Washburn University School of Nursing emphasizes excellence in teaching that prepares students to value life-long learning as professional nurses who embrace principles of evidence-based practice.
Washburn nursing graduates collaborate with communities applying ethical leadership, critical thinking, and technological skills to design caring, innovative health solutions for diverse populations.
The baccalaureate nursing program was established at Washburn University in the Fall of 1974. In 1982, the program was granted status as a School of Nursing through an act of the Legislature.
The nursing faculty believe each human being is a unitary, living open system and is continually engaged in a mutual dynamic process with the environment. Individuals are unique, have inherent worth, and strive to maintain system integrity while progressing through the life process from conception through death. Individuals, families, and communities, are open systems engaged in mutual dynamic process with the environment.
Nursing is a health profession which is concerned with promoting the quality of life in individuals, families, and communities. The deliberative and creative use of knowledge for the betterment of human beings is expressed in the science and art of nursing. The nurse, at all levels of preparation, is responsible for assisting the client in recognizing and coping with health needs throughout the life process. Through application of the nursing process, the nurse functions as a provider of care, a designer/ coordinator/manager of care, and as a member of the profession.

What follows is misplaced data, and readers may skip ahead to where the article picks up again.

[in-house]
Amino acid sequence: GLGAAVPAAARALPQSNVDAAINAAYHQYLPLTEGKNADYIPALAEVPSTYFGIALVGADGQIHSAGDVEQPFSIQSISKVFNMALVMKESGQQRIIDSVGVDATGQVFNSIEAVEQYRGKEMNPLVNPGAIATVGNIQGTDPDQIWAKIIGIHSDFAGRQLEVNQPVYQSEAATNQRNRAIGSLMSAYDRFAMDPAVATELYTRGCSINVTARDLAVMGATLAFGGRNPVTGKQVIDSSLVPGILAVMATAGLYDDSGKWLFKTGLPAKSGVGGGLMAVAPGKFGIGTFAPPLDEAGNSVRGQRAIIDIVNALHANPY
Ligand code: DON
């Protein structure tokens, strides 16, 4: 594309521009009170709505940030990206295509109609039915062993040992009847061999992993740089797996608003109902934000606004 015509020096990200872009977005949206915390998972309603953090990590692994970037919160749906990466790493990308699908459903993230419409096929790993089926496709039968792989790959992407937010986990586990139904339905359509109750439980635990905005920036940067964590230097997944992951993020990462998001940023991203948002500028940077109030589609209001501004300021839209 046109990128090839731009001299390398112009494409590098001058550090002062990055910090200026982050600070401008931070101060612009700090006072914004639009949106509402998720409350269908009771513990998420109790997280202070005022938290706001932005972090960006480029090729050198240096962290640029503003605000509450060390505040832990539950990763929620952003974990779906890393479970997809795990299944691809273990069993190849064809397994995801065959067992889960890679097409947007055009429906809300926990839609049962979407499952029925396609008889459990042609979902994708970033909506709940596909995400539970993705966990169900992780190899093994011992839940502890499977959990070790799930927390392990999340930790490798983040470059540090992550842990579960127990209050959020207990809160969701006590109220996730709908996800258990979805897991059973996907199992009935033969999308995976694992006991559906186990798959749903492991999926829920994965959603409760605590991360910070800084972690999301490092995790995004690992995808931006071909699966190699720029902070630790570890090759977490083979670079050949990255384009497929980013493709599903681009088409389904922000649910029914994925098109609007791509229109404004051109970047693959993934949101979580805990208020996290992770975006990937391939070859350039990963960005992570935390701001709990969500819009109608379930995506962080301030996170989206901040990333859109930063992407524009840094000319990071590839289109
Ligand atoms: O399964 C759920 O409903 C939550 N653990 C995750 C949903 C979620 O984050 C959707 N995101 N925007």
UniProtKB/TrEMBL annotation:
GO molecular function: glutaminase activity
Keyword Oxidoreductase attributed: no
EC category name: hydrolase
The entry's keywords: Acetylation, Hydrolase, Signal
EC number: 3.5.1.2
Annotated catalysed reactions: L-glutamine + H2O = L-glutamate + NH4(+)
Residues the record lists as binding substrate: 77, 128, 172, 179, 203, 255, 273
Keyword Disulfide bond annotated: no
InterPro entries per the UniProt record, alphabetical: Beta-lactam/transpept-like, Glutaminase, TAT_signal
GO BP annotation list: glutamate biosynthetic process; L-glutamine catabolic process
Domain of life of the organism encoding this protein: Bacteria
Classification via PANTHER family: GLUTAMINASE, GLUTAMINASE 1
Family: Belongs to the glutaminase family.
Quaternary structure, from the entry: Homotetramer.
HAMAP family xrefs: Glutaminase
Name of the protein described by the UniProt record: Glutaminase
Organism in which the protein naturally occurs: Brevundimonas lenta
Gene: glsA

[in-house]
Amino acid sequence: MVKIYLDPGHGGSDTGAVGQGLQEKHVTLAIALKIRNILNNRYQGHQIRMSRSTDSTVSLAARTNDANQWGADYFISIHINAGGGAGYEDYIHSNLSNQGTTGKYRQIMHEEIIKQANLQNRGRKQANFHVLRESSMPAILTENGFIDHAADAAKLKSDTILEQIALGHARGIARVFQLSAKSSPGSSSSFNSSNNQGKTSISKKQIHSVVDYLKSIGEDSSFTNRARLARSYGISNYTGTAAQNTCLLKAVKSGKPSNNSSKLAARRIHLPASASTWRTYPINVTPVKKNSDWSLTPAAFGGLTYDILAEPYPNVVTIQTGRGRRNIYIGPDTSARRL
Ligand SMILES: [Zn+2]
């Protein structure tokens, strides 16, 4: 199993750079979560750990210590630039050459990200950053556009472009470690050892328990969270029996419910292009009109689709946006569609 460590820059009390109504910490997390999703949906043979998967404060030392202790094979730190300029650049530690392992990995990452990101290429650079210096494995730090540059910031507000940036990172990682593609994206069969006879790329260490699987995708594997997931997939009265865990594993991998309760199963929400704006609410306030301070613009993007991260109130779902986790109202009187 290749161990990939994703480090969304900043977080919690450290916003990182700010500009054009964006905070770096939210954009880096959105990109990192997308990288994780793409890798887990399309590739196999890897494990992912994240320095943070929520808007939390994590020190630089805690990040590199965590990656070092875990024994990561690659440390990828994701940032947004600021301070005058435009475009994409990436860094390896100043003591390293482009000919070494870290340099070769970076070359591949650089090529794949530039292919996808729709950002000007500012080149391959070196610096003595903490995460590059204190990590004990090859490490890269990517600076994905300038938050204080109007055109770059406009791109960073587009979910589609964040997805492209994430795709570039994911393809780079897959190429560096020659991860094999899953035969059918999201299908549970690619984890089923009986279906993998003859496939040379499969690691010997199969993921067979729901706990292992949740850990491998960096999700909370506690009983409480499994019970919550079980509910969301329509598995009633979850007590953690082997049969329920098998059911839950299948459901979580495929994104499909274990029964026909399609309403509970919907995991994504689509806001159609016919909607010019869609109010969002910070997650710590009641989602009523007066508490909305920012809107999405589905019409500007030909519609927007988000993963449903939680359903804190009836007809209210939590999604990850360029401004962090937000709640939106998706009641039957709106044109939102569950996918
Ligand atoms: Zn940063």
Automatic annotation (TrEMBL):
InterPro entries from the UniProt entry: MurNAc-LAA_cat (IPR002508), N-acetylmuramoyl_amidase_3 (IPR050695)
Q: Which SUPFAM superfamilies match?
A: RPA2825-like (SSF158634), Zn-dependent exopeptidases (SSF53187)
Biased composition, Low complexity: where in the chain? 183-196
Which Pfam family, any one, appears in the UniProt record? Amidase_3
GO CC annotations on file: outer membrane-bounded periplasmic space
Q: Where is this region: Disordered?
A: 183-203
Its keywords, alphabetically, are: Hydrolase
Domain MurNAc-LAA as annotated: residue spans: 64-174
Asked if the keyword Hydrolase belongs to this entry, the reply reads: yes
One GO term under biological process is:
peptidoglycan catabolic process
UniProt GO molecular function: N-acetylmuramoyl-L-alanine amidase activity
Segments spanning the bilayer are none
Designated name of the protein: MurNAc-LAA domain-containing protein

Nursing is a practice profession that values clinical expertise and the application of scientific knowledge. Professional education in nursing begins at the baccalaureate level. The purpose of professional nursing education is to provide the knowledge, skills, and attitudes necessary for the student to become a professional nurse and to have the foundation for graduate education. General education in the humanities and in the natural and social sciences provides a broad foundation for understanding and augmenting nursing theory and facilitates the development and integration of the nursing student as a professional person.
The student who attains a graduate degree in nursing becomes a specialized practice expert who demonstrates expanded accountability and responsibility for the care of patients, populations, and systems. In addition to the direct practice role, the graduate also demonstrates expertise in the following competencies:
Learning is a complex, mutual process of growth and development identified by changes in the behavior of the learner. Each student is unique in life experiences, motivation for learning, and scholastic aptitude. The educational process is designed to provide opportunities for students to meet individual learning needs. The role of the nurse educator is to facilitate the learning process. Students are responsible for learning.
The philosophy and purposes of the School of Nursing are consistent with the mission of Washburn University. The School of Nursing is a major academic unit within the University and is responsible for determining its own professional curriculum and instruction. The richness of resources within the university and community provide opportunities for faculty and students to make significant contributions to health care delivery in a changing, multicultural society.